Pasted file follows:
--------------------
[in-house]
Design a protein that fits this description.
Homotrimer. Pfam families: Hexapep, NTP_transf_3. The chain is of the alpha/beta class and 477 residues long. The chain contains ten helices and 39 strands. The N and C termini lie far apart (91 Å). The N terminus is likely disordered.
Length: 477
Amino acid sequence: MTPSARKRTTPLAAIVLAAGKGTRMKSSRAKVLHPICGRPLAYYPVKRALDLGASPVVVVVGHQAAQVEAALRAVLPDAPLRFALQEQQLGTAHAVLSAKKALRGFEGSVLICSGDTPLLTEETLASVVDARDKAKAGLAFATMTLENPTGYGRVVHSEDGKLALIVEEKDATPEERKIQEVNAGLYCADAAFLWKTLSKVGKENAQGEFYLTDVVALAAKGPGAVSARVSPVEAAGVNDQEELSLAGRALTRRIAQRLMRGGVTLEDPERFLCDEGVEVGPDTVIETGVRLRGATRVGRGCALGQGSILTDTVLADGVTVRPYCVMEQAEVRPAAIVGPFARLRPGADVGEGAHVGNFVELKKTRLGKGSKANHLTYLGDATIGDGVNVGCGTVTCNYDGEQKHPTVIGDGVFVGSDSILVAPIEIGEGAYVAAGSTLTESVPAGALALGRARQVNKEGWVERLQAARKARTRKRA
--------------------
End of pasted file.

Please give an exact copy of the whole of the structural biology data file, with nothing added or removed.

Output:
[in-house]
Design a protein that fits this description.
Homotrimer. Pfam families: Hexapep, NTP_transf_3. The chain is of the alpha/beta class and 477 residues long. The chain contains ten helices and 39 strands. The N and C termini lie far apart (91 Å). The N terminus is likely disordered.
Length: 477
Amino acid sequence: MTPSARKRTTPLAAIVLAAGKGTRMKSSRAKVLHPICGRPLAYYPVKRALDLGASPVVVVVGHQAAQVEAALRAVLPDAPLRFALQEQQLGTAHAVLSAKKALRGFEGSVLICSGDTPLLTEETLASVVDARDKAKAGLAFATMTLENPTGYGRVVHSEDGKLALIVEEKDATPEERKIQEVNAGLYCADAAFLWKTLSKVGKENAQGEFYLTDVVALAAKGPGAVSARVSPVEAAGVNDQEELSLAGRALTRRIAQRLMRGGVTLEDPERFLCDEGVEVGPDTVIETGVRLRGATRVGRGCALGQGSILTDTVLADGVTVRPYCVMEQAEVRPAAIVGPFARLRPGADVGEGAHVGNFVELKKTRLGKGSKANHLTYLGDATIGDGVNVGCGTVTCNYDGEQKHPTVIGDGVFVGSDSILVAPIEIGEGAYVAAGSTLTESVPAGALALGRARQVNKEGWVERLQAARKARTRKRA